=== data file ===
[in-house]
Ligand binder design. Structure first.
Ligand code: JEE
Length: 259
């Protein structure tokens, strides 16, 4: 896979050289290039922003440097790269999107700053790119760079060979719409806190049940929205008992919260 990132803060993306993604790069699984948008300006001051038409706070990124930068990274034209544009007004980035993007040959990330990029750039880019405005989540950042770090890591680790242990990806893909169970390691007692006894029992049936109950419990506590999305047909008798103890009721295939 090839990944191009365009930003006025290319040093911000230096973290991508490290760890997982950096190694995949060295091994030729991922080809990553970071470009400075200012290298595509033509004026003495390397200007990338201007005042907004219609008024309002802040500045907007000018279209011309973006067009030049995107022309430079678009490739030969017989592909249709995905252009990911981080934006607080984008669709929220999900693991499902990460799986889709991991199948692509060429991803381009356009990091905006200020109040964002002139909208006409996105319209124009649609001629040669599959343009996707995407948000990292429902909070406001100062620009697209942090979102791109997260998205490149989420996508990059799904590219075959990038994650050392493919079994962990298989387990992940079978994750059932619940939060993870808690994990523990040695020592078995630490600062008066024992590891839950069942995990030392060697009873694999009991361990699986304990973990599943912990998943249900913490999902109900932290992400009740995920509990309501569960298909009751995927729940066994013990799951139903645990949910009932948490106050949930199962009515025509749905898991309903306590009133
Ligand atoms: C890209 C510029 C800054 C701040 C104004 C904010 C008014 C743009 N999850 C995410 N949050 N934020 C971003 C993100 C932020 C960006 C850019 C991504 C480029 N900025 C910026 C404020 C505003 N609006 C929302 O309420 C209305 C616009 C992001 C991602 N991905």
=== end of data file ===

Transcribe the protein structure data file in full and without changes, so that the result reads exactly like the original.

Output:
[in-house]
Ligand binder design. Structure first.
Ligand code: JEE
Length: 259
């Protein structure tokens, strides 16, 4: 896979050289290039922003440097790269999107700053790119760079060979719409806190049940929205008992919260 990132803060993306993604790069699984948008300006001051038409706070990124930068990274034209544009007004980035993007040959990330990029750039880019405005989540950042770090890591680790242990990806893909169970390691007692006894029992049936109950419990506590999305047909008798103890009721295939 090839990944191009365009930003006025290319040093911000230096973290991508490290760890997982950096190694995949060295091994030729991922080809990553970071470009400075200012290298595509033509004026003495390397200007990338201007005042907004219609008024309002802040500045907007000018279209011309973006067009030049995107022309430079678009490739030969017989592909249709995905252009990911981080934006607080984008669709929220999900693991499902990460799986889709991991199948692509060429991803381009356009990091905006200020109040964002002139909208006409996105319209124009649609001629040669599959343009996707995407948000990292429902909070406001100062620009697209942090979102791109997260998205490149989420996508990059799904590219075959990038994650050392493919079994962990298989387990992940079978994750059932619940939060993870808690994990523990040695020592078995630490600062008066024992590891839950069942995990030392060697009873694999009991361990699986304990973990599943912990998943249900913490999902109900932290992400009740995920509990309501569960298909009751995927729940066994013990799951139903645990949910009932948490106050949930199962009515025509749905898991309903306590009133
Ligand atoms: C890209 C510029 C800054 C701040 C104004 C904010 C008014 C743009 N999850 C995410 N949050 N934020 C971003 C993100 C932020 C960006 C850019 C991504 C480029 N900025 C910026 C404020 C505003 N609006 C929302 O309420 C209305 C616009 C992001 C991602 N991905």